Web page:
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Goldberg v. 401 North Wabash Venture LLC

April 22, 2010


The opinion of the court was delivered by: Amy J. St. Eve, District Court Judge


Plaintiff, Jacqueline Goldberg, filed a complaint ("Complaint") against 401 North Wabash Venture LLC ("401 North Wabash") and Trump Chicago Managing Member, LLC ("Trump") asserting claims for breach of contract and violations of the Illinois Condominium Act ("Condo Act"), the Illinois Consumer Fraud and Deceptive Business Practices Act ("ICFA"), the Interstate Land Sales Full Disclosure Act ("ILSA"), and the Illinois Securities Act ("ISA").*fn1 Defendants filed a motion to dismiss pursuant to Federal Rule of Civil Procedure 12(b)(6) ("Motion"), which the Court grants in part and denies in part for the following reasons.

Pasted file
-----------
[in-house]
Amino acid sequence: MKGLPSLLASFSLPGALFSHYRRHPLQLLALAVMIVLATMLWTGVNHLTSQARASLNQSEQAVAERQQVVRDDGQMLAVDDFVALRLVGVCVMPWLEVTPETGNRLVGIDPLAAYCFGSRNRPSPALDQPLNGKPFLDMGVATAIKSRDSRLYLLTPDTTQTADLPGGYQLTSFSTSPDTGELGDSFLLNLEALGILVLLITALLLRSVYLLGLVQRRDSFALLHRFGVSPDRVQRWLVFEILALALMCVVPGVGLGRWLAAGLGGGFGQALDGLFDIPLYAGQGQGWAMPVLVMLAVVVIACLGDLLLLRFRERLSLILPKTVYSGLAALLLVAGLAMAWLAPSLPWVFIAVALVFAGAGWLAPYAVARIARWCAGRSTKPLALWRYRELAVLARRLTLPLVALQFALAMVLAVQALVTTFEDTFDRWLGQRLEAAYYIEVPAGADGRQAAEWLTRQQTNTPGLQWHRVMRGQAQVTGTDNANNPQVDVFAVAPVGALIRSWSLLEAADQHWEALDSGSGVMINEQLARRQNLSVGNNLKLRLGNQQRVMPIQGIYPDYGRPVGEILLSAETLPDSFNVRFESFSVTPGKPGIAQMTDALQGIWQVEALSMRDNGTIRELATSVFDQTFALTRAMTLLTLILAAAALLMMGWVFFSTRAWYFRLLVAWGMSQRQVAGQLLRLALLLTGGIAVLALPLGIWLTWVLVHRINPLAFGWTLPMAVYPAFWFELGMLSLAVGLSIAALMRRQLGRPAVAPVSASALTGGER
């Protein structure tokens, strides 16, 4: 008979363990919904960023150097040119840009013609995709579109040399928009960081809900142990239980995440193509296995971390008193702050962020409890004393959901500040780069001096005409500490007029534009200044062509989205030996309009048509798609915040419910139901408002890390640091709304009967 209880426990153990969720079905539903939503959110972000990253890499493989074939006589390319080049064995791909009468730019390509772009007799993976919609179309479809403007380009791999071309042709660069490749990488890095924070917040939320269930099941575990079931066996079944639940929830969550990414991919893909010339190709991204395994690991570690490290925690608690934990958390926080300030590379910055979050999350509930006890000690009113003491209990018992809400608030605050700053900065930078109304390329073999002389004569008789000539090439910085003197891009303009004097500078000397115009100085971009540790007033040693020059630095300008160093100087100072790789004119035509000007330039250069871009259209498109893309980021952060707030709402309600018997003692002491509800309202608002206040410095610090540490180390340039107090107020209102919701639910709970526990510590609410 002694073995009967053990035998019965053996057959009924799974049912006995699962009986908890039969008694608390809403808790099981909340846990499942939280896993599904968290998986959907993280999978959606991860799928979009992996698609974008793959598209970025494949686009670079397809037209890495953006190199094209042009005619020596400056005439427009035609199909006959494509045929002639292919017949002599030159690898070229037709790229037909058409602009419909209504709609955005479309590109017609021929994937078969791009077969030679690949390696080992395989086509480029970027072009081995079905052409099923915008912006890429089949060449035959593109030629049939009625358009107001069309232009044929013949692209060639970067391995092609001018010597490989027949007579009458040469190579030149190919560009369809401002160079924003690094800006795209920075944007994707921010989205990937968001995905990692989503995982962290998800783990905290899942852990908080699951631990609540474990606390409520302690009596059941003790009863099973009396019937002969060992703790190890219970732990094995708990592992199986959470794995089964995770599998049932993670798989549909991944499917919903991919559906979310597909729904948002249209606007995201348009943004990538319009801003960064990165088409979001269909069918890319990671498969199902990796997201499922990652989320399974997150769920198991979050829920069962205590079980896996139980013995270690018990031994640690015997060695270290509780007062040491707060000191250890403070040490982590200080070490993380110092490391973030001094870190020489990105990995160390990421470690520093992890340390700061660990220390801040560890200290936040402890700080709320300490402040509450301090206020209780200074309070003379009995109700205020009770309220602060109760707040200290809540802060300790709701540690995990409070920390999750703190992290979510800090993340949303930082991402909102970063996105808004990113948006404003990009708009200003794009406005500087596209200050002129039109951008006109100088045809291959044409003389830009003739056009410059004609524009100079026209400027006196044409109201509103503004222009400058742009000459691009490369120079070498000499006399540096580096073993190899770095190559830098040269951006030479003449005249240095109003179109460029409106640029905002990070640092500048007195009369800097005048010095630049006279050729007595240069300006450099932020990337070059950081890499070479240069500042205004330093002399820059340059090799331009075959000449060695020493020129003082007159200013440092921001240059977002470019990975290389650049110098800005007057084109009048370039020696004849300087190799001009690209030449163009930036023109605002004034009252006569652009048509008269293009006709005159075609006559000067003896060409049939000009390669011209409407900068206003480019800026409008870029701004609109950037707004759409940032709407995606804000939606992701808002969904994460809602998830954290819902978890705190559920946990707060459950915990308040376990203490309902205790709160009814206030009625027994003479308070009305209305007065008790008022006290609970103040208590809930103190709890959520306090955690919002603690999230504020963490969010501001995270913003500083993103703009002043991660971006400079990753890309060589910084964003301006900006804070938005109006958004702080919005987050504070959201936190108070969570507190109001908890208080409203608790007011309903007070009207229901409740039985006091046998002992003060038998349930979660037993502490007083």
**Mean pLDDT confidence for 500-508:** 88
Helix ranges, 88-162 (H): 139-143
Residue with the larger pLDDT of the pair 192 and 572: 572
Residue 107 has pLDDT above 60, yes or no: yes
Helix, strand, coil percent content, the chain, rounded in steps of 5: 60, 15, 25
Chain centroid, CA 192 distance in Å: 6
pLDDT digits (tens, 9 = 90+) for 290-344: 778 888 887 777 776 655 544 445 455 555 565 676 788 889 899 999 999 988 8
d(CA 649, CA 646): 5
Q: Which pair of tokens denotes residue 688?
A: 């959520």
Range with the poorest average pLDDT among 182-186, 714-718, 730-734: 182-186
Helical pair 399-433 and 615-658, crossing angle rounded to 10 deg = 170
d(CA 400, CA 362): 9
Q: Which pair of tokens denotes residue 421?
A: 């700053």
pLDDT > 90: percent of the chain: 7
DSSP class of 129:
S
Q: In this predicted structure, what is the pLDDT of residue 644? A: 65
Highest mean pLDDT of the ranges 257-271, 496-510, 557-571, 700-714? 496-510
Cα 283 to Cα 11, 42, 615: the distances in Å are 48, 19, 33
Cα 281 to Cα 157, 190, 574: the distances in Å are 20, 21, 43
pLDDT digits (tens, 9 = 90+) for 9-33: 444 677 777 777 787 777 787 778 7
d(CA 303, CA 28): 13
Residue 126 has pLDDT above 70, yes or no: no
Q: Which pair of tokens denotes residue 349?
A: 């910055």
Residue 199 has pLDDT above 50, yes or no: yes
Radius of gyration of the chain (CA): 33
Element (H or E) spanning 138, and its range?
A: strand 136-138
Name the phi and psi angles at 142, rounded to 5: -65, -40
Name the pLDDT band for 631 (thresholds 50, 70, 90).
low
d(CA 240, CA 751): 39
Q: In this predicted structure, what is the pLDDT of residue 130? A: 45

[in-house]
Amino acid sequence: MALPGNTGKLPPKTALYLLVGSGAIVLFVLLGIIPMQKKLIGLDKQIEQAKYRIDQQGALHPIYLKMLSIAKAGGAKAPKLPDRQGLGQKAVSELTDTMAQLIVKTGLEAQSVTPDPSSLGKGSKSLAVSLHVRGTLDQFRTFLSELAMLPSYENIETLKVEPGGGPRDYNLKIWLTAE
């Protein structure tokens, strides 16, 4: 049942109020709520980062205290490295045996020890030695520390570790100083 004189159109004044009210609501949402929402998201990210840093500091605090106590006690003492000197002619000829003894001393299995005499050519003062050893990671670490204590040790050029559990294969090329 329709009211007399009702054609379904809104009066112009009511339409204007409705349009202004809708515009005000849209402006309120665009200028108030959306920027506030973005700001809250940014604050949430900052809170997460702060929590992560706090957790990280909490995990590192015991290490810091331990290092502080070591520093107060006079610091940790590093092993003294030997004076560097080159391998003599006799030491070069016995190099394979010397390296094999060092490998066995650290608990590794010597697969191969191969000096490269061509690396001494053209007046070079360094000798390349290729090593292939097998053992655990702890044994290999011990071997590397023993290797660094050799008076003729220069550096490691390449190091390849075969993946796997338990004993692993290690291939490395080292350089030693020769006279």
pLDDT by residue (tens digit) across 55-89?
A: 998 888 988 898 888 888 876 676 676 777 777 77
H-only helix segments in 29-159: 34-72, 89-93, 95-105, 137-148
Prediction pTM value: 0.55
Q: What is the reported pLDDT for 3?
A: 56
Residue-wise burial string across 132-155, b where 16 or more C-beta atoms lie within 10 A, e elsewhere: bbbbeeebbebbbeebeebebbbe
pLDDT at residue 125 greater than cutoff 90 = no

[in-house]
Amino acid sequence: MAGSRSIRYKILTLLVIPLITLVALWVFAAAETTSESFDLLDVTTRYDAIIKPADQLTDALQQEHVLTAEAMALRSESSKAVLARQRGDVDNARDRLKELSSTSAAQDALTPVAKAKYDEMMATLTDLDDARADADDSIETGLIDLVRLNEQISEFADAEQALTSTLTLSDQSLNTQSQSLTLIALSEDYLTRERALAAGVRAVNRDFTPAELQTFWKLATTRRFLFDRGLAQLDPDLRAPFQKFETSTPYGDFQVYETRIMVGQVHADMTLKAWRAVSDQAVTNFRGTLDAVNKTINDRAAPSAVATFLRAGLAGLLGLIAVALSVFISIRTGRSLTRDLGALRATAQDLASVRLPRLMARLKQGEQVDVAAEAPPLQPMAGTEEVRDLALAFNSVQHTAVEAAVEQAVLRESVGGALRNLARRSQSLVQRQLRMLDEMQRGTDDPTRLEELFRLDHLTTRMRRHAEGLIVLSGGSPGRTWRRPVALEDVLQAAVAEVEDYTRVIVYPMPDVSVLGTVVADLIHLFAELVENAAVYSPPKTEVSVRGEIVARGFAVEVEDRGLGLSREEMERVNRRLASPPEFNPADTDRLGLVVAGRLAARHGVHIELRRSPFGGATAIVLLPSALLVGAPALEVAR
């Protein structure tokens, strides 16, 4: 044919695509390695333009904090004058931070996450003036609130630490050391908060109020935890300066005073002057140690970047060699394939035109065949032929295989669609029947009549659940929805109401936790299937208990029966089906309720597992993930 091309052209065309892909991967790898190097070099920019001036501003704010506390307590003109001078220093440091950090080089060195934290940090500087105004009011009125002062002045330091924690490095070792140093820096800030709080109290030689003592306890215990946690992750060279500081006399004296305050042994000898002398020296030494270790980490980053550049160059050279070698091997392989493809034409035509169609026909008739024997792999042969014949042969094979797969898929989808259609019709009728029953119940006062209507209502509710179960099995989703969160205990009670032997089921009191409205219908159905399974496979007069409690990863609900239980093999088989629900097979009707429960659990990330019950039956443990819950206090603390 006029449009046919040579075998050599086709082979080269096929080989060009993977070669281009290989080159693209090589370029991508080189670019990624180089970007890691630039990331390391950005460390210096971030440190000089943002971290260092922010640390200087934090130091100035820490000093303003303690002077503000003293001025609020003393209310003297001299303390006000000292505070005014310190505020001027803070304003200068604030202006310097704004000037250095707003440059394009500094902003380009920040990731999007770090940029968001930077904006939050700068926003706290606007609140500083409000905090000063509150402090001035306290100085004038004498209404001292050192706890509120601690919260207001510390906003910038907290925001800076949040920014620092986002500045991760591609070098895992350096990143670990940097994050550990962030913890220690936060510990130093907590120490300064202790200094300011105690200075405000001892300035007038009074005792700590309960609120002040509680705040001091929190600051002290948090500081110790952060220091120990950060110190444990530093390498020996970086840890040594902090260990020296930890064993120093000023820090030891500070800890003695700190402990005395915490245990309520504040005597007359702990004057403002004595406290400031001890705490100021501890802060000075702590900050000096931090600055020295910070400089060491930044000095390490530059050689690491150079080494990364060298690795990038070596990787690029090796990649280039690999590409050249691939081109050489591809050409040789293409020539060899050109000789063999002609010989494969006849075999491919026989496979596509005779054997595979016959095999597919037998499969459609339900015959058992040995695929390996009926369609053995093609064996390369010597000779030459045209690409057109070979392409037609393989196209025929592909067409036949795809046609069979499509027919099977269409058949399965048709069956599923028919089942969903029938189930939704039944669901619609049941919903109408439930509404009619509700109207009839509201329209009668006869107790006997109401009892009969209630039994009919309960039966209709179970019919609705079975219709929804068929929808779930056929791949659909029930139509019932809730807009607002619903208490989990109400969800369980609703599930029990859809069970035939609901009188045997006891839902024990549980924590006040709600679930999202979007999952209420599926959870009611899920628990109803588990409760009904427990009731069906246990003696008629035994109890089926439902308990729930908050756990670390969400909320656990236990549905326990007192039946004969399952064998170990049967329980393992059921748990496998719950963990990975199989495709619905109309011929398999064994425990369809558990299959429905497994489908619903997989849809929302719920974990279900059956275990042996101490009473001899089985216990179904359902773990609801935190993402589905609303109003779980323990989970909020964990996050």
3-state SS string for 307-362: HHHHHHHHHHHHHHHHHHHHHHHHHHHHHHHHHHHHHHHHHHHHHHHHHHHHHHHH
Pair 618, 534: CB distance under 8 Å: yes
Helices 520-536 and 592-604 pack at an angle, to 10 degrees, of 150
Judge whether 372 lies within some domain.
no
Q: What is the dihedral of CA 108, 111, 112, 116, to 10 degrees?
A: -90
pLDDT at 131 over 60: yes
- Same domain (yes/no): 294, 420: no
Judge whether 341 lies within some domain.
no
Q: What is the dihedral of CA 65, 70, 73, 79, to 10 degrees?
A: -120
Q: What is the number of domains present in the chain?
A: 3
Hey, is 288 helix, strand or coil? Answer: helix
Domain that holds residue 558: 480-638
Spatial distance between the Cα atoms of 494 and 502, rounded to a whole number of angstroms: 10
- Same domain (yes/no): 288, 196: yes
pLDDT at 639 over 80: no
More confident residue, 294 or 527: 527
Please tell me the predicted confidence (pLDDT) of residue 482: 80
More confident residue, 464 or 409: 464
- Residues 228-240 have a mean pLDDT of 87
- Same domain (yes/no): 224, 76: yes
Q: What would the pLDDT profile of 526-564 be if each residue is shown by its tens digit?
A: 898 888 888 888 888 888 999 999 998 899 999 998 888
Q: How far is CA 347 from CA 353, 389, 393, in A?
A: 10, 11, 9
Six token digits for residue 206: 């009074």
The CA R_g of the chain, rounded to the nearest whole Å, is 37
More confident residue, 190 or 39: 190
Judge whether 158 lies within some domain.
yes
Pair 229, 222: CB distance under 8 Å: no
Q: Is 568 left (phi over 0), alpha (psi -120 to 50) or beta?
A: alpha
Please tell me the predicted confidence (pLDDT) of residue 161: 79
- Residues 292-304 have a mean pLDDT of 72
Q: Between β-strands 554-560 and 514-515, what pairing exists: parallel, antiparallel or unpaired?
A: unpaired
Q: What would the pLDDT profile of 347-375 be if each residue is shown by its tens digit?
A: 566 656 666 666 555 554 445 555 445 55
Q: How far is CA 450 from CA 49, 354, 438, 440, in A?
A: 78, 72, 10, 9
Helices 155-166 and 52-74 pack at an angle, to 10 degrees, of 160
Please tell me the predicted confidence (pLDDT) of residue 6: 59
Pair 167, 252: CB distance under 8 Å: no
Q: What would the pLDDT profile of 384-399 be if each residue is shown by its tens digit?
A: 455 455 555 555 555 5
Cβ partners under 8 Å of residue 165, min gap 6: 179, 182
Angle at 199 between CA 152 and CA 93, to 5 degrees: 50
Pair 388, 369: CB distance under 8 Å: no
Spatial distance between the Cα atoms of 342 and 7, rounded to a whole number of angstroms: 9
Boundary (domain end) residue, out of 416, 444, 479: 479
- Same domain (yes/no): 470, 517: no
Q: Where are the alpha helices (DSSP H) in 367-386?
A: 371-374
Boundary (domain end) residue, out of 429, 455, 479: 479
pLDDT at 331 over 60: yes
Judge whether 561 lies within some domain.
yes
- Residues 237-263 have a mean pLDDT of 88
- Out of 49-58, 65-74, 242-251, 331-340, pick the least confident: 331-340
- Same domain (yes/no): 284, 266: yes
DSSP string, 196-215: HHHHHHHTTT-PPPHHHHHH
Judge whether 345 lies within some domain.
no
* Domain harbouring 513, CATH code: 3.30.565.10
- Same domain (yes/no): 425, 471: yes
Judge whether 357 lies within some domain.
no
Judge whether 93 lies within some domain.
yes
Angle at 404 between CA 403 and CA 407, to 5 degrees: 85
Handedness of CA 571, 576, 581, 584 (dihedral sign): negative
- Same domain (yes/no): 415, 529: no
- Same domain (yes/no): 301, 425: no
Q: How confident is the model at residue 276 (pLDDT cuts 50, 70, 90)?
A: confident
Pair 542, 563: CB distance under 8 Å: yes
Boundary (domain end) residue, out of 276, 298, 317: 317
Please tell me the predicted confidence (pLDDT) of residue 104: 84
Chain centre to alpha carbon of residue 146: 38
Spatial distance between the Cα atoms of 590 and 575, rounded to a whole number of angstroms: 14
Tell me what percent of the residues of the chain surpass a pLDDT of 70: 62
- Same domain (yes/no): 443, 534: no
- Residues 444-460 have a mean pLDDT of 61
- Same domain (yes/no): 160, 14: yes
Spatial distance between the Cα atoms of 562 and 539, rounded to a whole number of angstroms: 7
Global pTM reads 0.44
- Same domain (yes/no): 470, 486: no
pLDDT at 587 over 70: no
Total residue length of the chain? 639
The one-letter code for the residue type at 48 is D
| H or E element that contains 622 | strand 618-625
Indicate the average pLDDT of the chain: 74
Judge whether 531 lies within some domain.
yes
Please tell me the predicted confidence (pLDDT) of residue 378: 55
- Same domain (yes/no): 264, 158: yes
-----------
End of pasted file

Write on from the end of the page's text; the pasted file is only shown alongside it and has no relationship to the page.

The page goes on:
"A motion under Rule 12(b)(6) challenges the sufficiency of the complaint to state a claim upon which relief may be granted." Hallinan v. Fraternal Order of Police of Chicago Lodge No. 7, 570 F.3d 811, 820 (7th Cir. 2009). Pursuant to Rule 8(a)(2), a complaint must include "a short and plain statement of the claim showing that the pleader is entitled to relief." Fed. R. Civ. P. 8(a)(2). As the Seventh Circuit recently explained, this "[r]ule reflects a liberal notice pleading regime, which is intended to 'focus litigation on the merits of a claim' rather than on technicalities that might keep plaintiffs out of court." Brooks v. Ross, 578 F.3d 574, 580 (7th Cir. 2009) (quoting Swierkiewicz v. Sorema N.A., 534 U.S. 506, 514, 122 S.Ct. 992, 152 L.E.2d 1 (2002)). This short and plain statement must "give the defendant fair notice of what the claim is and the grounds upon which it rests." Bell Atlantic v. Twombly, 550 U.S. 544, 555, 127 S.Ct. 1955, 167 L.E.2d 929 (2007) (quoting Conley v. Gibson, 355 U.S. 41, 47, 78 S.Ct. 99, 2 L.Ed.2d 80 (1957)). Under the federal notice pleading standards, a plaintiff's "factual allegations must be enough to raise a right to relief above the speculative level." Twombly, 550 U.S. at 555. Put differently, a "complaint must contain sufficient factual matter, accepted as true, to 'state a claim to relief that is plausible on its face.'" Ashcroft v. Iqbal, 129 S.Ct. 1937, 1949 (2009) (quoting Twombly, 550 U.S. at 570). "[W]hen ruling on a defendant's motion to dismiss, a judge must accept as true all of the factual allegations contained in the complaint." Erickson v. Pardus, 551 U.S. 89, 127 S.Ct. 2197, 2200, 167 L.Ed.2d 1081 (2007); Justice v. Town of Cicero, 577 F.3d 768, 771 (7th Cir. 2009) (court construes complaint in light most favorable to plaintiff, drawing all reasonable inferences in plaintiff's favor). Further, in deciding the Motion, the Court can consider exhibits attached to the Complaint. See Reger Dev., LLC v. National City Bank, 592 F.3d 759, 764 (7th Cir. 2010); Hecker v. Deere & Co., 556 F.3d 575, 582-83 (7th Cir. 2009); Local 15, Int'l Bhd. of Elec. Workers, AFL-CIO v. Exelon Corp., 495 F.3d 779, 782 (7th Cir. 2007).